“There were upwards of 1,000 paid Internet trolls working out of a facility in Russia…They can then generate ‘news’ down to specific areas in Wisconsin, Michigan, Pennsylvania (such as) ‘Clinton is sick,’ or ‘Clinton is taking money.’ Fake news…I’m not here to re-litigate the election but part of our responsibility as well is to put the American public on a higher level of alert that this time it was Russia, it could be other foreign nations as well. We are in a whole new realm around cyber that provides opportunity – huge, huge threats to our basic democracy.”

    Burr concurred. He said it’s the Senate committee’s job “to educate the rest of the world about what’s going on, because it’s now into character assassination of candidates.” And the committee’s mission starts today, with public hearings on Russia’s meddling in western democratic elections; hopefully, this opening salvo will also contextualize what Russia did here – and who in the Trump camp knew what when.

    (Just to give you a taste: In this morning’s hearing, a Republican senator noted that Putin has long sought to meddle in western elections, then asked why it worked so well in America last fall. Clint Watts, a senior fellow at the Foreign Policy Research Institute, promptly pinned the blame on Trump: “The answer is very simple, and it’s what nobody is saying in this room. The reason ‘active measures’ worked in this U.S. election is because the commander-in-chief used Russian ‘active measures’ at times against his opponents” – for instance, by citing Russian fake news and echoing Russian talking points pushed by RT, Putin’s propandanda TV network.)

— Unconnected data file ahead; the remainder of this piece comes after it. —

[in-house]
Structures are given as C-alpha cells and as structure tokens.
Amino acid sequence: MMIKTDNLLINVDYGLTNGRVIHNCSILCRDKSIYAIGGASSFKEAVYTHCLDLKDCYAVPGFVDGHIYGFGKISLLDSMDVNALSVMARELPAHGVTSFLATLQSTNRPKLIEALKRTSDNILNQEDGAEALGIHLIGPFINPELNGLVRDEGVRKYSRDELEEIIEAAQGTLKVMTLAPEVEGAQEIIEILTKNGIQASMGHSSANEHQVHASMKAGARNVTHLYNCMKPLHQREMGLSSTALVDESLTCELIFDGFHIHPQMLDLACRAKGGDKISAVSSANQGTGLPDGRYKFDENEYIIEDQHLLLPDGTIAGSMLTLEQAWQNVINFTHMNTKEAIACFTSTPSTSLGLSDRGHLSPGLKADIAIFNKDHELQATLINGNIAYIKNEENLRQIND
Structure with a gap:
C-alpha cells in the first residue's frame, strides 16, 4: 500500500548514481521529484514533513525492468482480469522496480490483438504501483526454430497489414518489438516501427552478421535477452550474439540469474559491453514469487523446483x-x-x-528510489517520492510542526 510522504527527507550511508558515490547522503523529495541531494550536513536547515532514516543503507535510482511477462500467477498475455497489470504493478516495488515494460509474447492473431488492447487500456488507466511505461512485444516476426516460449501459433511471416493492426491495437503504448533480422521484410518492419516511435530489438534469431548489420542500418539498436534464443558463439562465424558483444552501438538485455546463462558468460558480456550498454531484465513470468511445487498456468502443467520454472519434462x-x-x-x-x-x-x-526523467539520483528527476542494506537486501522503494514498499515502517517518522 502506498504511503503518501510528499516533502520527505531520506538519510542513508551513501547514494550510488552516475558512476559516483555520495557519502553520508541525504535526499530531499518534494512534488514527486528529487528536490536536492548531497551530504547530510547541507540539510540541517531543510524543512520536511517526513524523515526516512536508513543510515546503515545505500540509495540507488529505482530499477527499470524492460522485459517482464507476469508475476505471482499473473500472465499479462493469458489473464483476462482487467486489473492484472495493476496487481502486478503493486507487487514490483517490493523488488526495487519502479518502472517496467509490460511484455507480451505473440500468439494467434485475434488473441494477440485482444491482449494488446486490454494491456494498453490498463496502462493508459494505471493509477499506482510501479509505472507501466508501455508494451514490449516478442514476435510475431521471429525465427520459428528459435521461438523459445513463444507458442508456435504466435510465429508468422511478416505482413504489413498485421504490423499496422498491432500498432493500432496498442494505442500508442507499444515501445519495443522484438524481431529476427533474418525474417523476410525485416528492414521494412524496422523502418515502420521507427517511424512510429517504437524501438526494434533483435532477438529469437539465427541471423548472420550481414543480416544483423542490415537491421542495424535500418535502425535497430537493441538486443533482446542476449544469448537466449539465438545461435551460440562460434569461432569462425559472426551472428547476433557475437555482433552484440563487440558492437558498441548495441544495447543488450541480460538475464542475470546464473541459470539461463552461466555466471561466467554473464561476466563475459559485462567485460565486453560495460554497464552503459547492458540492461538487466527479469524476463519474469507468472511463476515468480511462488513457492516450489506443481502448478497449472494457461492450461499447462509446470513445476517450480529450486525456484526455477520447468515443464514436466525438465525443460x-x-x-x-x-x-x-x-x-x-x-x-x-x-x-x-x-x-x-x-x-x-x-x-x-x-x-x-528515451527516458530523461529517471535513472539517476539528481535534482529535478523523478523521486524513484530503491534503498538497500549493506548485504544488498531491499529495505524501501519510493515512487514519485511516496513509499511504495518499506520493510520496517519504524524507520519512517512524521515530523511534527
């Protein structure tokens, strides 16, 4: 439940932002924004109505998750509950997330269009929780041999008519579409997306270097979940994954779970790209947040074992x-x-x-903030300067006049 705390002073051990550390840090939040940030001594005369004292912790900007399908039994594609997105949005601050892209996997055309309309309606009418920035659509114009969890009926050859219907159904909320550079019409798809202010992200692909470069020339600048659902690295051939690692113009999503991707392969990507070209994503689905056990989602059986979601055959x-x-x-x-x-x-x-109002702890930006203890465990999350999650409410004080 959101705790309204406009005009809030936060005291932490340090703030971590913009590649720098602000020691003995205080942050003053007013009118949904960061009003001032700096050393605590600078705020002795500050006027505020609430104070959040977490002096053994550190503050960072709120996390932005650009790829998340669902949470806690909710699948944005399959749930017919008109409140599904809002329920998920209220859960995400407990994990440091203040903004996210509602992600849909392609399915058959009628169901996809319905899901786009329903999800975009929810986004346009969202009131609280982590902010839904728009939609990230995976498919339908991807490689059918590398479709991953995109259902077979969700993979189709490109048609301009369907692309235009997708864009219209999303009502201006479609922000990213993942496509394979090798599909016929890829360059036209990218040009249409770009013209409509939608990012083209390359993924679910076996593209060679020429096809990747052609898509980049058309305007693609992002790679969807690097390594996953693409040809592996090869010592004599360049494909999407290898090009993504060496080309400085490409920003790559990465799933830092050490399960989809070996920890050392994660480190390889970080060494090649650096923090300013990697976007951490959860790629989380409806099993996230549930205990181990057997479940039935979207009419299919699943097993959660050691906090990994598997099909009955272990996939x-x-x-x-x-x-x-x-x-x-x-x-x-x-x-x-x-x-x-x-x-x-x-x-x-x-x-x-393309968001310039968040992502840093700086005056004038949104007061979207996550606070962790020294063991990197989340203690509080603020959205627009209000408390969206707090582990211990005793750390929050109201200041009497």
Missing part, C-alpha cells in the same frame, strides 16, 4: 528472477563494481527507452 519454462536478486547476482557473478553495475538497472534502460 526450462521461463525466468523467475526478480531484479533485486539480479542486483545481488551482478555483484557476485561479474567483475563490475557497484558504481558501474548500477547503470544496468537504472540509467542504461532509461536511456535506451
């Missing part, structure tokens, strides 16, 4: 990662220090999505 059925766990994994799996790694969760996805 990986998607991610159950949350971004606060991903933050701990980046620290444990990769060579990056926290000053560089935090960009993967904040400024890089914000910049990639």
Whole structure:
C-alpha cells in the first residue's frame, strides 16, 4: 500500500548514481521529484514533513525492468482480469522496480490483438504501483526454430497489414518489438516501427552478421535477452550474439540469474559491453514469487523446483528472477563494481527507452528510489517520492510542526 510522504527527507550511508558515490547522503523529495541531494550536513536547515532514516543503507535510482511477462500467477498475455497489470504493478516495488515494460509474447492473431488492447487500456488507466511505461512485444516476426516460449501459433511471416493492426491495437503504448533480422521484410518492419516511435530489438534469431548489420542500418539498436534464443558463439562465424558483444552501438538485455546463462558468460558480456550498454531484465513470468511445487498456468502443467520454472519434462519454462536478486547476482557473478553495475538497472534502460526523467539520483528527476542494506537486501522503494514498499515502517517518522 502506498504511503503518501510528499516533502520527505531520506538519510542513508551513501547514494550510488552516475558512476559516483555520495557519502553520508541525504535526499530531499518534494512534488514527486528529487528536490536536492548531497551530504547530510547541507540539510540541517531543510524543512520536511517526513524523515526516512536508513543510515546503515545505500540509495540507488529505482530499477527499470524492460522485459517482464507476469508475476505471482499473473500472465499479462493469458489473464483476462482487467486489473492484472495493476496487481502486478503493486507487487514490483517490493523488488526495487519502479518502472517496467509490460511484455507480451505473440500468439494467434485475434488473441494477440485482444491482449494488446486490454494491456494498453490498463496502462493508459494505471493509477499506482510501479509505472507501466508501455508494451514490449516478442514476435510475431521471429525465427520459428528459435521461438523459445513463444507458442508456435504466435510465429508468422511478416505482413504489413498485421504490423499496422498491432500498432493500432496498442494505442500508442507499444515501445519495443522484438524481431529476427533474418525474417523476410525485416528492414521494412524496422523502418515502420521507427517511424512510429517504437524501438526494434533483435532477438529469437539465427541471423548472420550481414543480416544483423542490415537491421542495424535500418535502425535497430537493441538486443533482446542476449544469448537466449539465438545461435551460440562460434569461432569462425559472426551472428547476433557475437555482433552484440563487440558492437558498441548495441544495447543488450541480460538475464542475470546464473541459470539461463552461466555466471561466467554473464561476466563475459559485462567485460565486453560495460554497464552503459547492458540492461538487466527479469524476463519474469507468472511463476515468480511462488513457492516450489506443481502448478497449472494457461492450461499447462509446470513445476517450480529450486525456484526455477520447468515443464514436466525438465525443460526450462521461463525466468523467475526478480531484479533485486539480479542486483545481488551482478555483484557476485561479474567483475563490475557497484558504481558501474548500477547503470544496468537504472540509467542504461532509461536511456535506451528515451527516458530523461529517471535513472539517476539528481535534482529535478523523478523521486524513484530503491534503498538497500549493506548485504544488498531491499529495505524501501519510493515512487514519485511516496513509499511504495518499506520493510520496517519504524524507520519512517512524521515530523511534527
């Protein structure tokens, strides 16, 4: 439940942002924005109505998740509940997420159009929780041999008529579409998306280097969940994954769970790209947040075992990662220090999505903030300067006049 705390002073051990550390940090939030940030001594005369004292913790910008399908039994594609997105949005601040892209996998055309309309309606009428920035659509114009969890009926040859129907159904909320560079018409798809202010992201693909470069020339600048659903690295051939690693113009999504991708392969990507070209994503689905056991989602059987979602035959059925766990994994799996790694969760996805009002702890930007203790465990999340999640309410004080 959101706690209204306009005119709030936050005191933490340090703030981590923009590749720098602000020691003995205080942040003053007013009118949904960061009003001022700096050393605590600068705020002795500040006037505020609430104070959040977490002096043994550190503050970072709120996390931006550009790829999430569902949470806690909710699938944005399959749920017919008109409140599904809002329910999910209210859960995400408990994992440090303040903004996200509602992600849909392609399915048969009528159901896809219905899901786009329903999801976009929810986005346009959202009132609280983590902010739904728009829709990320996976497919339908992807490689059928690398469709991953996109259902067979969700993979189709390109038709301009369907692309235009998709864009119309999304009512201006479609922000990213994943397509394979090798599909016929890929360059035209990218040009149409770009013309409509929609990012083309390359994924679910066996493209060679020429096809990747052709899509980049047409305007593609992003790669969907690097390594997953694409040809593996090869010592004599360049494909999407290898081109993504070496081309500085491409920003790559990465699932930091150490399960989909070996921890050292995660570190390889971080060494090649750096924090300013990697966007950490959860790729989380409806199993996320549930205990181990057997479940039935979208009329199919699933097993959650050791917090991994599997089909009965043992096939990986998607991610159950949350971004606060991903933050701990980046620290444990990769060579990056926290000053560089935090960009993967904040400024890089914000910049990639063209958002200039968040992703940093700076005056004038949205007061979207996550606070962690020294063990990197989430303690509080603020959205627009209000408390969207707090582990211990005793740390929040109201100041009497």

Most importantly, Burr promised yesterday: “This investigation’s scope will go wherever the intelligence leads.” That was pleasing to hear. Or maybe I was just reminded of an old Steely Dan lyric: “Why not chase it where it goes.”

    Forget Devin Nunes’ craven machinations. The chase is still on. As Watergate jailbird H. R. Haldeman warned as the Nixon scandal unraveled, “Once the toothpaste is out of tube, it’s hard to get it back in.”

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    Follow me on Twitter, @dickpolman1, and on Facebook.